Matt Black: After the Fall

I love this work. Have followed Matt since seeing a single picture from Bolivia back in the 90’s. Matt is a guy who just seems to do his own thing. When I hear from him I know it’s something good, and this project is no exception. Kudos to Orion Magazine and Daylight Multimedia for bringing it to light.

AFTER THE FALL | Orion Magazine & Daylight Multimedia | Matt Black Photography from Matt Black Photography on Vimeo.

7 responses to “Matt Black: After the Fall”

  1. Harold says:

    Took a little break to watch this and must say it was worth the time and then I took a look at his website. Amazing images which resurrected some long forgotten memories of the darkroom. You don’t get those images with digital. I suppose you could approximate in post but it would be a lot of work.

    It occurs to me now that I’ve had time to get away from the ADHD type of photography —it takes some mindfulness to get those type of images and no small amount of dedication to a single idea. Thanks, once again!

  2. LionelB says:

    I am sorry to say that for me the processing was an insurmountable obstacle. I couldn’t see beyond the grain to the images. With an abstract subject I can handle any amount of grain but with documentary work I appreciate it as subtle texture but not as a statement in its own right. Obviously others will see it differently.

    • Smogranch says:

      I’m a grain guy so looking at these, for me, is like looking at my own negatives from about 1996-2009. I shot almost exclusively Tmax 3200, in all lighting conditions, so for me the grain becomes a real part of what I’m trying to get across. This was especially poignant in an era when we went from texture in imagery to ZERO texture and the goal of “perfection.” I remember the owner of the lab I used in LA say “Everyone single photographer comes in here asking about how to get rid of grain and then I see your negatives and it’s the polar opposite.” I also love the way this work prints. It actually, in some ways prints better digitally, but I get comment after comment from people about the grain. But, a personal preference, nothing right or wrong about it. I also have plenty of fine grain film in my freezer. Depends on what I’m doing.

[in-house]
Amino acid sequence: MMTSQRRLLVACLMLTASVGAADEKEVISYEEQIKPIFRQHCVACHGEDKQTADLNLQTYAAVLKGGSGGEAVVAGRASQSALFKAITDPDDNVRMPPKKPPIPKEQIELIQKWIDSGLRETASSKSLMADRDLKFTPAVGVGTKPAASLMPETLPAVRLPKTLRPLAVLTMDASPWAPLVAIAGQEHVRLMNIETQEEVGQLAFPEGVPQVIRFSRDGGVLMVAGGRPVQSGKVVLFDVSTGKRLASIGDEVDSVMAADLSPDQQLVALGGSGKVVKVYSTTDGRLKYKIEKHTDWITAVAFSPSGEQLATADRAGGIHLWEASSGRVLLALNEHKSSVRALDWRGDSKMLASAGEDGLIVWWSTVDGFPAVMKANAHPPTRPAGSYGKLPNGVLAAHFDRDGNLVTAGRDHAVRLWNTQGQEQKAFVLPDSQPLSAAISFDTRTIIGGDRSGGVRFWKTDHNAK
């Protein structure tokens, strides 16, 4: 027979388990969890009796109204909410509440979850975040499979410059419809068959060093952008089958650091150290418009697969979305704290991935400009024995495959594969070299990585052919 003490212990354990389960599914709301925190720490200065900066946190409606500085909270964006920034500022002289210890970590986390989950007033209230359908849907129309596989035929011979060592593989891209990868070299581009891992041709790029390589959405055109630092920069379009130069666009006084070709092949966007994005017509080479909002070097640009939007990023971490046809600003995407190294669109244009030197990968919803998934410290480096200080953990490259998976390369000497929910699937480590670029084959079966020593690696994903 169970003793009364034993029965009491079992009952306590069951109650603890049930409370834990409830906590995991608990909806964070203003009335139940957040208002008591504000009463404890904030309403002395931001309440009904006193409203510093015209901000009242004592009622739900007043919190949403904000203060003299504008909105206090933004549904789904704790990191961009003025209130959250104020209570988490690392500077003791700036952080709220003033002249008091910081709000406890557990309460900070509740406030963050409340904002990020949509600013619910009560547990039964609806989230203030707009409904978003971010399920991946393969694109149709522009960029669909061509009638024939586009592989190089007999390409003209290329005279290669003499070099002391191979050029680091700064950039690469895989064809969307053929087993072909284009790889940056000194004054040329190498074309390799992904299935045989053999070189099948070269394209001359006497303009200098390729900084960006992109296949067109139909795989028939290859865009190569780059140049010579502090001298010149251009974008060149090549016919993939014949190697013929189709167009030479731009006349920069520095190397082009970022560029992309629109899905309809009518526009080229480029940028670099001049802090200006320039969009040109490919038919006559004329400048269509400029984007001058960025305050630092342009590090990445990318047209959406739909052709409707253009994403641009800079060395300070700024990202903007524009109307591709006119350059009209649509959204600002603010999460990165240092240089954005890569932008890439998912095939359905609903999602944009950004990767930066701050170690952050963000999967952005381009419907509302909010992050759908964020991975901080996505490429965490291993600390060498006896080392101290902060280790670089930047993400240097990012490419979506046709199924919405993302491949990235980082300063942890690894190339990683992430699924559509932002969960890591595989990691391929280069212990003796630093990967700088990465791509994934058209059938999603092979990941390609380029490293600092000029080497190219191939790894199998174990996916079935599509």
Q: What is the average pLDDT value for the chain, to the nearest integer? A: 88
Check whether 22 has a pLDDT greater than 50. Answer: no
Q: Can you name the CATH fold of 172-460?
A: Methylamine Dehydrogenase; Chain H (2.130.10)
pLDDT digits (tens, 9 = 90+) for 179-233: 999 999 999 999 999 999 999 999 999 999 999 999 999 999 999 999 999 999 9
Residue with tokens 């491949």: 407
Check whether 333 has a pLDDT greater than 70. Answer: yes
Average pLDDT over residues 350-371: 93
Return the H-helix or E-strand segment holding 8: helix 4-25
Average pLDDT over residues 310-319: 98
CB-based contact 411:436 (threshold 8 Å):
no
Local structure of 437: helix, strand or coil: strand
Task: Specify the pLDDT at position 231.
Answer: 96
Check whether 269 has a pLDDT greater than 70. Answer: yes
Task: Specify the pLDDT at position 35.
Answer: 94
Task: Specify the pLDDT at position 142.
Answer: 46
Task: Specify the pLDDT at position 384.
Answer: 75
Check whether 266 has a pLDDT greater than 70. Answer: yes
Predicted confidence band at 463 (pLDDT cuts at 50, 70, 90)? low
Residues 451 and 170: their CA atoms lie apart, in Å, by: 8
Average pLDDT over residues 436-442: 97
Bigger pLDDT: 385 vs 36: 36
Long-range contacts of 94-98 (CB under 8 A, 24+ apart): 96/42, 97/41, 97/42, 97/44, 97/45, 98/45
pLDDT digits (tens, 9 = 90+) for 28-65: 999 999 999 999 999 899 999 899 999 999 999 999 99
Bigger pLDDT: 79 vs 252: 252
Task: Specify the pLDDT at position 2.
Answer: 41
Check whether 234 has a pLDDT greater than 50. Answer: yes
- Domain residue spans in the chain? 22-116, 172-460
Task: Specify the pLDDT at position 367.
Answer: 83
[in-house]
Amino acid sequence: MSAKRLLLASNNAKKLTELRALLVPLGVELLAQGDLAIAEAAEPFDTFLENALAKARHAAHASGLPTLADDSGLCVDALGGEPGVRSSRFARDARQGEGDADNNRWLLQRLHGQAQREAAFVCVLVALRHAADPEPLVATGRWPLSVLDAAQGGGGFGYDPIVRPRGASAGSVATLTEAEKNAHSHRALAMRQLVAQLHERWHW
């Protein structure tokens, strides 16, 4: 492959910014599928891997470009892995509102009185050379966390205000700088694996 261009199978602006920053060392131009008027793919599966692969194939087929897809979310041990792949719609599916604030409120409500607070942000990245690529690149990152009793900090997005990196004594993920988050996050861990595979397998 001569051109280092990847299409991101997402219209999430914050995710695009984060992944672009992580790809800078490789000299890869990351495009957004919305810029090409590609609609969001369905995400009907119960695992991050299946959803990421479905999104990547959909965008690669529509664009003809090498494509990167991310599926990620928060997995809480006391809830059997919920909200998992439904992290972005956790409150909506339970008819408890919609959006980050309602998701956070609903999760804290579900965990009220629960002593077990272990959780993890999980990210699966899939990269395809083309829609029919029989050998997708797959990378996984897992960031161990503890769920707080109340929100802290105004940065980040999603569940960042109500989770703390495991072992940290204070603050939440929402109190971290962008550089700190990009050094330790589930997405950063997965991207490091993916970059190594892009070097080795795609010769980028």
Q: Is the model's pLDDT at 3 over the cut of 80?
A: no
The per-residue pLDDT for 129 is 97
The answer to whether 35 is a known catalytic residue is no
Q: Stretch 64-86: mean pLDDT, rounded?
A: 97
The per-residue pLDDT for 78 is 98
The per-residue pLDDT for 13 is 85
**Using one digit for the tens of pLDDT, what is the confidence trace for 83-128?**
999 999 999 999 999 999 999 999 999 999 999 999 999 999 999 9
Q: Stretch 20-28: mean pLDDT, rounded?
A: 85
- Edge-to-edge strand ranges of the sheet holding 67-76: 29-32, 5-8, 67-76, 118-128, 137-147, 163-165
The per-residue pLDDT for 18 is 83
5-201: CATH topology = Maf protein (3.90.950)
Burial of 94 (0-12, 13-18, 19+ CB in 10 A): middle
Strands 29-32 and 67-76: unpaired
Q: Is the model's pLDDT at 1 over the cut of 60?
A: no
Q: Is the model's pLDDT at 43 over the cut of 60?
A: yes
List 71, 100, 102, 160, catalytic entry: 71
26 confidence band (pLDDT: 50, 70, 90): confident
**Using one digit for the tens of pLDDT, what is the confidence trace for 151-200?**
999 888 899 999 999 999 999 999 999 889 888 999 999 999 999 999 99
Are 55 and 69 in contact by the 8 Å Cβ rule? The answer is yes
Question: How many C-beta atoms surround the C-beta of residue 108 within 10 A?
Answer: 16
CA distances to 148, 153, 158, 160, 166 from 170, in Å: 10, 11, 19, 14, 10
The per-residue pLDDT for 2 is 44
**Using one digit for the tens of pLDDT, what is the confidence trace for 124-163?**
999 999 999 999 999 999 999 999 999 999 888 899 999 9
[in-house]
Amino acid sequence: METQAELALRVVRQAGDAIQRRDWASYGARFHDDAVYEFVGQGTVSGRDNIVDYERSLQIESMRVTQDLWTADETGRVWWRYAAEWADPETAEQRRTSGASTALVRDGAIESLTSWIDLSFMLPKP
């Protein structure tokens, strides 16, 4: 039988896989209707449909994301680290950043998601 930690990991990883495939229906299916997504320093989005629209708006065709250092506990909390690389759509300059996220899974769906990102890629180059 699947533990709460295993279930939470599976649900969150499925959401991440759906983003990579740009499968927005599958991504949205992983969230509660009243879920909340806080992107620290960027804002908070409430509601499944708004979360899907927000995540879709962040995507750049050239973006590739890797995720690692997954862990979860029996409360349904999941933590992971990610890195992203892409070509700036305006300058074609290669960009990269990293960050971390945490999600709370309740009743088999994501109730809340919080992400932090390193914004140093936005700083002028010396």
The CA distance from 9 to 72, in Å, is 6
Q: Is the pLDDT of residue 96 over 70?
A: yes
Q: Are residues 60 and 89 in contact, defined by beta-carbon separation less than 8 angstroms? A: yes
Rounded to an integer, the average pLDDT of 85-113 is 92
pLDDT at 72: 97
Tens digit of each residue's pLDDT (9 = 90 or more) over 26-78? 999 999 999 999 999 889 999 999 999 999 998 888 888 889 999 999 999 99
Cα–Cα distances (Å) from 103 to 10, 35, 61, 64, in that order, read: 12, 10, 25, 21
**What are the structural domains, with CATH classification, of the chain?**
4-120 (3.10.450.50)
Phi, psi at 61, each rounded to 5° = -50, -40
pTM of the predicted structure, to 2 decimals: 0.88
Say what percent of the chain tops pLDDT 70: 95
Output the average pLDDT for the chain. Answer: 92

3. LionelB says:


    Agreed. It is not about ‘rules’. 3200 in bright sunshine is pretty amazing though. So you went round with an ND8 filter permanently attached ? Printing is for sure an entirely different matter and the images would likely be a lot more accessible (for me) once on paper. ‘Perfection’ is great for forensics, engineering and archiving. Anywhere in fact that needs to be free of human sentiment or emotion.

  4. Man that’s awesome. I remember studying his People of the clouds work. Some days I hate seeing stuff as good as this. Makes me want to throw away my camera.
    Nice presentation too, really good use of audio in a still slideshow.

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